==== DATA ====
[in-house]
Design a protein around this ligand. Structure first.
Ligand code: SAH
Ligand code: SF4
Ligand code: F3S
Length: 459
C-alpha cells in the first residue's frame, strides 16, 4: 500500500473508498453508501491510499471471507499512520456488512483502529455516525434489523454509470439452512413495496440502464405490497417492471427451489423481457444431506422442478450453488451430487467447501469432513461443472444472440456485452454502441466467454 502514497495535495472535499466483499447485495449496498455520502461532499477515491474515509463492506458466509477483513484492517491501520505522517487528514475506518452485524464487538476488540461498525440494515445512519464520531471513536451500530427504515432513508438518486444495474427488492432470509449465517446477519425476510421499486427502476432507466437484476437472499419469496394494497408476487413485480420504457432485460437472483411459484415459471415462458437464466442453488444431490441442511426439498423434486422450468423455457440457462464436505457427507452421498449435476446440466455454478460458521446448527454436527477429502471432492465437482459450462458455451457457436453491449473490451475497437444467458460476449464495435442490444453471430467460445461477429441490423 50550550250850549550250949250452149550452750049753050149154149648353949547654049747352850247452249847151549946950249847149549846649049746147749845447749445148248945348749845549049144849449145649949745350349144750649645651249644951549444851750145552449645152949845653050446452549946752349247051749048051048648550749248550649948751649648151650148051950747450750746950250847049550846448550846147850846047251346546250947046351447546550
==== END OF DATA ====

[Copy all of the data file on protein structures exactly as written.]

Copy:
[in-house]
Design a protein around this ligand. Structure first.
Ligand code: SAH
Ligand code: SF4
Ligand code: F3S
Length: 459
C-alpha cells in the first residue's frame, strides 16, 4: 500500500473508498453508501491510499471471507499512520456488512483502529455516525434489523454509470439452512413495496440502464405490497417492471427451489423481457444431506422442478450453488451430487467447501469432513461443472444472440456485452454502441466467454 502514497495535495472535499466483499447485495449496498455520502461532499477515491474515509463492506458466509477483513484492517491501520505522517487528514475506518452485524464487538476488540461498525440494515445512519464520531471513536451500530427504515432513508438518486444495474427488492432470509449465517446477519425476510421499486427502476432507466437484476437472499419469496394494497408476487413485480420504457432485460437472483411459484415459471415462458437464466442453488444431490441442511426439498423434486422450468423455457440457462464436505457427507452421498449435476446440466455454478460458521446448527454436527477429502471432492465437482459450462458455451457457436453491449473490451475497437444467458460476449464495435442490444453471430467460445461477429441490423 50550550250850549550250949250452149550452750049753050149154149648353949547654049747352850247452249847151549946950249847149549846649049746147749845447749445148248945348749845549049144849449145649949745350349144750649645651249644951549444851750145552449645152949845653050446452549946752349247051749048051048648550749248550649948751649648151650148051950747450750746950250847049550846448550846147850846047251346546250947046351447546550